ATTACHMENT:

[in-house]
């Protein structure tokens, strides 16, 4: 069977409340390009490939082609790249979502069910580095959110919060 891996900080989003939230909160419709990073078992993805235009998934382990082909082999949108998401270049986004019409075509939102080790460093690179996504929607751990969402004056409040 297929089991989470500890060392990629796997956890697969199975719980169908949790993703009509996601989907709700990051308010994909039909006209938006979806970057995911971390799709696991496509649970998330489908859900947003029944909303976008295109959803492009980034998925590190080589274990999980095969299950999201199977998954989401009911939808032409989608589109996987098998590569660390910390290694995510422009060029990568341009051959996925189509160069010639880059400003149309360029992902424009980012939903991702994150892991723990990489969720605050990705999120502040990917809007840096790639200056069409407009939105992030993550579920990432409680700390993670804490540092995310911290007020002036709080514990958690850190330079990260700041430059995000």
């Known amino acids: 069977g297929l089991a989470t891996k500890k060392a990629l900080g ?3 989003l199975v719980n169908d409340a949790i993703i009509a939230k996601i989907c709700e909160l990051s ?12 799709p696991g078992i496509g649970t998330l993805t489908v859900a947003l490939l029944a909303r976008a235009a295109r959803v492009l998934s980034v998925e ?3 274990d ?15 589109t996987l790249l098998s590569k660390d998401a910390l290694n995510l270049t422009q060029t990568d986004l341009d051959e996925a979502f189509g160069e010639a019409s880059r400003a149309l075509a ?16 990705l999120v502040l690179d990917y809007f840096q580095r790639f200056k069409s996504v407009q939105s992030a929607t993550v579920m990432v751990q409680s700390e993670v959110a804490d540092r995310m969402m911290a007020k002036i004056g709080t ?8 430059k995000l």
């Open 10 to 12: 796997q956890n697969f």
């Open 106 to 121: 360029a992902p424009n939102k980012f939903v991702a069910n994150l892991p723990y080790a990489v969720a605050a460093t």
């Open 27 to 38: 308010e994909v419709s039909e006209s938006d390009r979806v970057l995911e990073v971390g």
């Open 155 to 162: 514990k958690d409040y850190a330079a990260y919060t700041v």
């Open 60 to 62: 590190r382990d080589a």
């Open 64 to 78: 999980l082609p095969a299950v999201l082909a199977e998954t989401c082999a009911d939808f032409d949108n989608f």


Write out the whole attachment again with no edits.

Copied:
[in-house]
């Protein structure tokens, strides 16, 4: 069977409340390009490939082609790249979502069910580095959110919060 891996900080989003939230909160419709990073078992993805235009998934382990082909082999949108998401270049986004019409075509939102080790460093690179996504929607751990969402004056409040 297929089991989470500890060392990629796997956890697969199975719980169908949790993703009509996601989907709700990051308010994909039909006209938006979806970057995911971390799709696991496509649970998330489908859900947003029944909303976008295109959803492009980034998925590190080589274990999980095969299950999201199977998954989401009911939808032409989608589109996987098998590569660390910390290694995510422009060029990568341009051959996925189509160069010639880059400003149309360029992902424009980012939903991702994150892991723990990489969720605050990705999120502040990917809007840096790639200056069409407009939105992030993550579920990432409680700390993670804490540092995310911290007020002036709080514990958690850190330079990260700041430059995000």
């Known amino acids: 069977g297929l089991a989470t891996k500890k060392a990629l900080g ?3 989003l199975v719980n169908d409340a949790i993703i009509a939230k996601i989907c709700e909160l990051s ?12 799709p696991g078992i496509g649970t998330l993805t489908v859900a947003l490939l029944a909303r976008a235009a295109r959803v492009l998934s980034v998925e ?3 274990d ?15 589109t996987l790249l098998s590569k660390d998401a910390l290694n995510l270049t422009q060029t990568d986004l341009d051959e996925a979502f189509g160069e010639a019409s880059r400003a149309l075509a ?16 990705l999120v502040l690179d990917y809007f840096q580095r790639f200056k069409s996504v407009q939105s992030a929607t993550v579920m990432v751990q409680s700390e993670v959110a804490d540092r995310m969402m911290a007020k002036i004056g709080t ?8 430059k995000l």
């Open 10 to 12: 796997q956890n697969f």
């Open 106 to 121: 360029a992902p424009n939102k980012f939903v991702a069910n994150l892991p723990y080790a990489v969720a605050a460093t």
């Open 27 to 38: 308010e994909v419709s039909e006209s938006d390009r979806v970057l995911e990073v971390g």
């Open 155 to 162: 514990k958690d409040y850190a330079a990260y919060t700041v």
């Open 60 to 62: 590190r382990d080589a």
């Open 64 to 78: 999980l082609p095969a299950v999201l082909a199977e998954t989401c082999a009911d939808f032409d949108n989608f």